Latest News

Colleyville, Texas Principal Put on Leave Amid Critical Race Theory Debate

Last summer, protest after protest made waves across the nation. It was no different in Texas, and Whitfield, who had weeks earlier been named the first Black principal at Colleyville Heritage High School, couldn’t just sit back. He said he felt like he had a platform that other Black Americans didn’t have and he wouldn’t let that go to waste.

At 4:30 a.m., he wrote a letter to the school community declaring that systemic racism is “alive and well” and that they needed to work together to achieve “conciliation for our nation.”

Latest News

State Finds Half Of Bridgeport Schools Don’t Have Enough Special Education Teachers; We Found Other Districts With The Same Issue

Staff shortages have perplexed high-poverty districts throughout Connecticut for years. That’s because districts like Bridgeport struggle to keep their teachers from leaving for suburban districts, where the pay is often higher and class sizes smaller.

Almost a month into this school year, Bridgeport still has 16 special education teaching positions it needs to fill. Statewide, between 95 and 250 teaching positions go unfilled each year. Most are in high-poverty districts.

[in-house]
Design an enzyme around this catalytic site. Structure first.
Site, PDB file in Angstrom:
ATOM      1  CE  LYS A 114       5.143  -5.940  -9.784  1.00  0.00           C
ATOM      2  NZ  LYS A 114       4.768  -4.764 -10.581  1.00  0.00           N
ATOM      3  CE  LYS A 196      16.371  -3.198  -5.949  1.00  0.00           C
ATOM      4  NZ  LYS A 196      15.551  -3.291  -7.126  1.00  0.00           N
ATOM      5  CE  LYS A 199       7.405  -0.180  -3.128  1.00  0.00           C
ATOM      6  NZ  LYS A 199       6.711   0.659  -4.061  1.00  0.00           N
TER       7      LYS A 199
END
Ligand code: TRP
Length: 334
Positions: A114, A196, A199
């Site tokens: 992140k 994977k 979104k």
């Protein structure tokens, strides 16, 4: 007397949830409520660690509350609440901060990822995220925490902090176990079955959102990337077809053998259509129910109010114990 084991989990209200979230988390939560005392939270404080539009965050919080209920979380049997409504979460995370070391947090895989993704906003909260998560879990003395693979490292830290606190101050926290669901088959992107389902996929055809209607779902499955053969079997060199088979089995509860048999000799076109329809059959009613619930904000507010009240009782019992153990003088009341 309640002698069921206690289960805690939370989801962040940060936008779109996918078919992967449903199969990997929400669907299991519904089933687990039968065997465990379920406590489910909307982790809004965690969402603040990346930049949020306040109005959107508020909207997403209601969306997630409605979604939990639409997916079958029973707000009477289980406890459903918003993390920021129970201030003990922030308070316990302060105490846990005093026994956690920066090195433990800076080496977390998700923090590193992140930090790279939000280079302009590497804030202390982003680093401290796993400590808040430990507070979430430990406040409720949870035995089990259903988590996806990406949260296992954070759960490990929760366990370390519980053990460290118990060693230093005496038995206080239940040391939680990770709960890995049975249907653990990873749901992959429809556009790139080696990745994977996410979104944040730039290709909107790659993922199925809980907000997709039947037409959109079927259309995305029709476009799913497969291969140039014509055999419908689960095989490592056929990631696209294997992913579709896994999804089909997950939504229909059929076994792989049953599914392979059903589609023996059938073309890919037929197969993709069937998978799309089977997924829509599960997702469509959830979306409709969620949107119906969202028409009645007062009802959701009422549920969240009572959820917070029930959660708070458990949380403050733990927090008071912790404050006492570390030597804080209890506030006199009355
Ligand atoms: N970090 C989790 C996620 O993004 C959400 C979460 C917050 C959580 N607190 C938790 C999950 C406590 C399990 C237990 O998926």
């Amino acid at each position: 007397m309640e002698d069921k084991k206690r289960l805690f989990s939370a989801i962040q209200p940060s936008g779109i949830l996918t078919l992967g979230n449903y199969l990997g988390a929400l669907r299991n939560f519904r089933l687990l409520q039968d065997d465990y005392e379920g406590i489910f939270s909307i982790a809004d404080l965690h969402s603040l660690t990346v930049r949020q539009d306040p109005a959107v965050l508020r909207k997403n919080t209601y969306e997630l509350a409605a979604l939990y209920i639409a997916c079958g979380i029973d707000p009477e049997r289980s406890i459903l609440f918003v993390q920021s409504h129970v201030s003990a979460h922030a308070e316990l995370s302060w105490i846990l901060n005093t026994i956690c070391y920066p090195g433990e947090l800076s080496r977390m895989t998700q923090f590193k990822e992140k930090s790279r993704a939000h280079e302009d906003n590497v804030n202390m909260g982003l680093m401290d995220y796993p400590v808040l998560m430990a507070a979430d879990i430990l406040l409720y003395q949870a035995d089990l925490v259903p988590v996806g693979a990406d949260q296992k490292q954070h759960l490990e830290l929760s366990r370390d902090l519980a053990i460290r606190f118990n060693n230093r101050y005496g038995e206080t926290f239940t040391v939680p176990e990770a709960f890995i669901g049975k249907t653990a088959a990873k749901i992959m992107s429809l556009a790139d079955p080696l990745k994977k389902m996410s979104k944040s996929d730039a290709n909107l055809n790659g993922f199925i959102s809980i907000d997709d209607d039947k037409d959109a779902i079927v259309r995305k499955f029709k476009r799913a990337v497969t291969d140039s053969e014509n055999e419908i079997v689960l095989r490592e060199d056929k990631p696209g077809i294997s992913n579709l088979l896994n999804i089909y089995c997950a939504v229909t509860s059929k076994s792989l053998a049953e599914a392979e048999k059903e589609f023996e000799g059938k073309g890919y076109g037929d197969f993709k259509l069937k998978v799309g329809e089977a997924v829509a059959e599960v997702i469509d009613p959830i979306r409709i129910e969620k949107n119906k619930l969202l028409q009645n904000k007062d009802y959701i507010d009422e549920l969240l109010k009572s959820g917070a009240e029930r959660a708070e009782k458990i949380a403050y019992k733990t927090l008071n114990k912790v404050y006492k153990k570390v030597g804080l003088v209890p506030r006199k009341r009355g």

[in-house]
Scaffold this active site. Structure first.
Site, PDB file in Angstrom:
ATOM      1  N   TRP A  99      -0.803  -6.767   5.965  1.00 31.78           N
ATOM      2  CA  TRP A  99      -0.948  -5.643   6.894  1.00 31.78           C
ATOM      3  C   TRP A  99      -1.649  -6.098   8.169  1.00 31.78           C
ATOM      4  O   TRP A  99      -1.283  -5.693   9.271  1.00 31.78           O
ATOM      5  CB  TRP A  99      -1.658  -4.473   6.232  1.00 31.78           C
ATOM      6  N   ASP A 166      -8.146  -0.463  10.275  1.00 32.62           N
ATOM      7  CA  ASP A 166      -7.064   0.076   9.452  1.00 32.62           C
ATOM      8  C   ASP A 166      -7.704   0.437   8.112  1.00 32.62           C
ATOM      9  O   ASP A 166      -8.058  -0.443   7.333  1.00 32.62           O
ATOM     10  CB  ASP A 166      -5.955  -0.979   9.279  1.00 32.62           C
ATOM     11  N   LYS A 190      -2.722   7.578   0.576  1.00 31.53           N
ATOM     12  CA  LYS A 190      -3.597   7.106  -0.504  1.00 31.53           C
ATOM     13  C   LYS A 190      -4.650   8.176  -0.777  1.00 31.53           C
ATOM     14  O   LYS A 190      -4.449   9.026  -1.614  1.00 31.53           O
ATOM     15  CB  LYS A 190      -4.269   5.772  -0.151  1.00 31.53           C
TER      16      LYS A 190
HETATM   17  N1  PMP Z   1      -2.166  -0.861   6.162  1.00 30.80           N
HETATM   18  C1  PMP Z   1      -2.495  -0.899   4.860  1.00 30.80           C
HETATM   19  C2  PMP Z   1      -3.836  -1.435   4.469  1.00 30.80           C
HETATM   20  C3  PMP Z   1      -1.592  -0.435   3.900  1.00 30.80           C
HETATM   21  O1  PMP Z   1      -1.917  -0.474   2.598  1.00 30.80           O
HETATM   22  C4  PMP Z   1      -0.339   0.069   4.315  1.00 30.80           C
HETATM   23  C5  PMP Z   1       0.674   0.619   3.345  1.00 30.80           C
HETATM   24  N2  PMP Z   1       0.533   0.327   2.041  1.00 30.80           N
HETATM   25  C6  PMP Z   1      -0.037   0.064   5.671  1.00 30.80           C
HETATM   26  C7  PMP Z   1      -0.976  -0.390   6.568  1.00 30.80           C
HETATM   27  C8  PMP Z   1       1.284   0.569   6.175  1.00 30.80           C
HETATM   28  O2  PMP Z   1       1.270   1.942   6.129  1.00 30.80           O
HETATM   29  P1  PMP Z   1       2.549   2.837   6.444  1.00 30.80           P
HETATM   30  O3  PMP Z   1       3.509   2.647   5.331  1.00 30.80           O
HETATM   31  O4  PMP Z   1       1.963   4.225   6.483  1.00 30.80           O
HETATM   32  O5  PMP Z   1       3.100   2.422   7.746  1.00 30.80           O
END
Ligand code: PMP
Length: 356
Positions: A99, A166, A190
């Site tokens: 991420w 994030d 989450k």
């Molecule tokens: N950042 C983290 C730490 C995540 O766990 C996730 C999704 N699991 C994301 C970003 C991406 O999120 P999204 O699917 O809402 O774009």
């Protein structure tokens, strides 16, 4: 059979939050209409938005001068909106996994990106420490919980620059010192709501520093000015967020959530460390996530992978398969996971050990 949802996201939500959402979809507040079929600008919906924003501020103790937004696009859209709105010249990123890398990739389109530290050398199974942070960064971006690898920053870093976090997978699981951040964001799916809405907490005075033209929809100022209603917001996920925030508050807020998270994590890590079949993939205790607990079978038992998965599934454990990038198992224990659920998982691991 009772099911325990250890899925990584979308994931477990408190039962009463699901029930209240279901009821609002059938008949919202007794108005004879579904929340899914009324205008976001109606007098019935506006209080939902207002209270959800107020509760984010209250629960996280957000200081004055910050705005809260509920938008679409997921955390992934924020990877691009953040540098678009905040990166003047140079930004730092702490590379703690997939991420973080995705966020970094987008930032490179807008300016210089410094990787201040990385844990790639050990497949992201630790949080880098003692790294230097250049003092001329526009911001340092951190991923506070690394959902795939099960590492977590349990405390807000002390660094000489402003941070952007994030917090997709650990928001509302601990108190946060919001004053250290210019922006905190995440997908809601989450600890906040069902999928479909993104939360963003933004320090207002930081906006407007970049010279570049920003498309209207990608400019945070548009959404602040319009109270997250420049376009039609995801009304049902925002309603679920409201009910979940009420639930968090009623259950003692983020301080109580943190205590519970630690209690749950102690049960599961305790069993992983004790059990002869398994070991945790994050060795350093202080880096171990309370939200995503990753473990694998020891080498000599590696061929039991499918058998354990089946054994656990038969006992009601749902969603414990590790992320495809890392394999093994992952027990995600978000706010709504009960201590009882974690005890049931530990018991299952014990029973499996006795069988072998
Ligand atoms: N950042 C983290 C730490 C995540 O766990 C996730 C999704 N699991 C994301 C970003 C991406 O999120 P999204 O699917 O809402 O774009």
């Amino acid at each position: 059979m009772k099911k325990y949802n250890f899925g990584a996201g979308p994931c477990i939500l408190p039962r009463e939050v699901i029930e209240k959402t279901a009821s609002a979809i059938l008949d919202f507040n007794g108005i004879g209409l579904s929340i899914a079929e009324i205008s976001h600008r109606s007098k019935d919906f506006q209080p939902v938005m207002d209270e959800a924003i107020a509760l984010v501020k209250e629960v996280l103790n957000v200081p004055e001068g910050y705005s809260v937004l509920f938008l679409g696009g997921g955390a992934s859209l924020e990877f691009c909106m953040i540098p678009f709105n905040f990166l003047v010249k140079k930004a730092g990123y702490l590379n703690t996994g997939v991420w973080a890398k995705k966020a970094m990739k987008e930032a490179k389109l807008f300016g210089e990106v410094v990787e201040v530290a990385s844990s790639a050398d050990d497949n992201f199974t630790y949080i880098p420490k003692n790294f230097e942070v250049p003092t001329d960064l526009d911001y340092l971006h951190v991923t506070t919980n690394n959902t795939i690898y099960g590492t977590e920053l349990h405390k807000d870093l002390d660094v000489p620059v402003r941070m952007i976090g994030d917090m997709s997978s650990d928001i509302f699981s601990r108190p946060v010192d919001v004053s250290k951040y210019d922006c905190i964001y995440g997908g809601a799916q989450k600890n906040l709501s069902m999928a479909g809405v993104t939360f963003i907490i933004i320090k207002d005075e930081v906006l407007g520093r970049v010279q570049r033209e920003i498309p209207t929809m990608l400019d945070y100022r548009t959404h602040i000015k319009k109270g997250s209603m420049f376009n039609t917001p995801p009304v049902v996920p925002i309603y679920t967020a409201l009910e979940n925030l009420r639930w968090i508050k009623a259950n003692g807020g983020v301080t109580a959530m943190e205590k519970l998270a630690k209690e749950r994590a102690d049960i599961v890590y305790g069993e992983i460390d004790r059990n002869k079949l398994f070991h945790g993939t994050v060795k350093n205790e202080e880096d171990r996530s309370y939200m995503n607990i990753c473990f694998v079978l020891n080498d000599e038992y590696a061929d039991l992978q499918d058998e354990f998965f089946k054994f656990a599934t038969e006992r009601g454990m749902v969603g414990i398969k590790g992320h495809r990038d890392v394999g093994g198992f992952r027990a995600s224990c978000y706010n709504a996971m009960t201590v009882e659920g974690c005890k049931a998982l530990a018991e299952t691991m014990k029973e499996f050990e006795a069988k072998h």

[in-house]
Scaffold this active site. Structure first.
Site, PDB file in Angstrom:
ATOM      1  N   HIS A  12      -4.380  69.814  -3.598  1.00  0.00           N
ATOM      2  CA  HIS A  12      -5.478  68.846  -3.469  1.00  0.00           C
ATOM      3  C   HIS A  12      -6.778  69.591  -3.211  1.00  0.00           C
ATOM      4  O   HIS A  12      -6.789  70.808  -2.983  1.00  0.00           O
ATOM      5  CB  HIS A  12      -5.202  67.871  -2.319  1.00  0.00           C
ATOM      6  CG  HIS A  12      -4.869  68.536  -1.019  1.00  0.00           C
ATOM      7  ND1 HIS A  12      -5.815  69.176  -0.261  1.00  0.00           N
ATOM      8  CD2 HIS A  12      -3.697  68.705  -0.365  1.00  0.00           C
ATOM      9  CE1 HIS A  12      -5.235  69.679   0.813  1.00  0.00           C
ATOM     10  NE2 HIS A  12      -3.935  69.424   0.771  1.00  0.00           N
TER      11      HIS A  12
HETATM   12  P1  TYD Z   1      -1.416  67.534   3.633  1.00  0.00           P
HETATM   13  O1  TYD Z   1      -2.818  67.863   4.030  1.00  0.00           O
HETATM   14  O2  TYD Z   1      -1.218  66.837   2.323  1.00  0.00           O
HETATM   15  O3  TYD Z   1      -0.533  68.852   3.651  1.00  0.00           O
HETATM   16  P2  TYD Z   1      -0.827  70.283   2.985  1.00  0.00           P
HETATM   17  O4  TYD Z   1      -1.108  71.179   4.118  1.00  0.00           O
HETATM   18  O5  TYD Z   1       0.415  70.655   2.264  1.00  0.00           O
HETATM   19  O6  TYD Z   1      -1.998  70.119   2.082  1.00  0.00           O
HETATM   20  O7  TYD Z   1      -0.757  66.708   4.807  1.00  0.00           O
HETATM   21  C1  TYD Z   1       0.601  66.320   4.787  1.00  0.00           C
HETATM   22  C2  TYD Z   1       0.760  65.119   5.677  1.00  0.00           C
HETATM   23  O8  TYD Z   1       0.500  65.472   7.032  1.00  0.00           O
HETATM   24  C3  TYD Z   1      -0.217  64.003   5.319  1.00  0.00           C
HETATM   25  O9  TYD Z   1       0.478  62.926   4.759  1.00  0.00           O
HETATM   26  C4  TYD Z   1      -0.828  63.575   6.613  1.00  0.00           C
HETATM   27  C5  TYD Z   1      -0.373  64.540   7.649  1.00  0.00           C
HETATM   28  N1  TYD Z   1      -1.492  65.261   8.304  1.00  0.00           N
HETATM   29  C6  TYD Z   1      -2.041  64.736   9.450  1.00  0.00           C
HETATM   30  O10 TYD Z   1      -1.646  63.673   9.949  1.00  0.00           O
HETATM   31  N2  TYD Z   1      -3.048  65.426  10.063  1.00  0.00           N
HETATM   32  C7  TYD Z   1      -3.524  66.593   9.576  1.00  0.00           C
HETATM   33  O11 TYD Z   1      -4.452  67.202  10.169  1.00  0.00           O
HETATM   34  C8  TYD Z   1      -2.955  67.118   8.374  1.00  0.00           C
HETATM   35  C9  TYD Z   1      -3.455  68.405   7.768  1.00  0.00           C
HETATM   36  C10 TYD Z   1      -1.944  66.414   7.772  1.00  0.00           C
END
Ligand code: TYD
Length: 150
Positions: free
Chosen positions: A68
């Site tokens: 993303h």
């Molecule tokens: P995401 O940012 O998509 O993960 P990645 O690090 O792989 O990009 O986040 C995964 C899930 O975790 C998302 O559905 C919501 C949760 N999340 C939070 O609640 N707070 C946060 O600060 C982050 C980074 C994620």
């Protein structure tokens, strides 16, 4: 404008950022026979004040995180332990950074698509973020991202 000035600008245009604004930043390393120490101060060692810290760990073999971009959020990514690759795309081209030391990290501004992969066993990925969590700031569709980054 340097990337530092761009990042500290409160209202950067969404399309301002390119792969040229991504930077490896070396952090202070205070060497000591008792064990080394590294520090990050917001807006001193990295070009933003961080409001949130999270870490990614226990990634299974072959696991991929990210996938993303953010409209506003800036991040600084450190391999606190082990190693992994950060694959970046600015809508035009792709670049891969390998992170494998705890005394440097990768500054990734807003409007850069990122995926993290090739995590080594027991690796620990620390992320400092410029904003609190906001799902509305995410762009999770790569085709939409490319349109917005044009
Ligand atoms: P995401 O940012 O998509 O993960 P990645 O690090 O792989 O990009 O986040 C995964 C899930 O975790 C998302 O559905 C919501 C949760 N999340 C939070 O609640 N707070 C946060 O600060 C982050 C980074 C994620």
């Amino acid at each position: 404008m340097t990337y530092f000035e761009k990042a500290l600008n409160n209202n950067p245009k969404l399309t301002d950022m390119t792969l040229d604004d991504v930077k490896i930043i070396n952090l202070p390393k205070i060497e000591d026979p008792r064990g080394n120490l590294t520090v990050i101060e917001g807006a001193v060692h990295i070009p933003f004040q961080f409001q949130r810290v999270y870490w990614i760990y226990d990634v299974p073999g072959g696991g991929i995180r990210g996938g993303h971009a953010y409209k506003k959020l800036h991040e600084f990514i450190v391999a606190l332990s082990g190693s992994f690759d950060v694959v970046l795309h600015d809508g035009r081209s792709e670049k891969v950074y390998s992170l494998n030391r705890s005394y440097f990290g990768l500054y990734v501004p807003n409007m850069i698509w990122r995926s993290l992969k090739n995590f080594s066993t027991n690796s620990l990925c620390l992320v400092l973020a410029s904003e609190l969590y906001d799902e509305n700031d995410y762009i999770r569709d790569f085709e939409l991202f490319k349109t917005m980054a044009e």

Latest News

Big Ideas for Education’s Urgent Challenges

Welcome to the start of a new school year and the 2021 edition of our Big Ideas report.

While returning children to school buildings safely and making the year as normal as possible is driving you and your work, we understand how much more complex your job has become.

The cover of this year’s report and the 10 essays inside reflect this complicated moment and the constellation of emotions we know you’re experiencing: hope, excitement, grief, urgency, trepidation, and determination.

Blog: The Educated Reporter

Covering School Board Meetings? Tips to Tackle the COVID-19, Critical Race Theory Culture Wars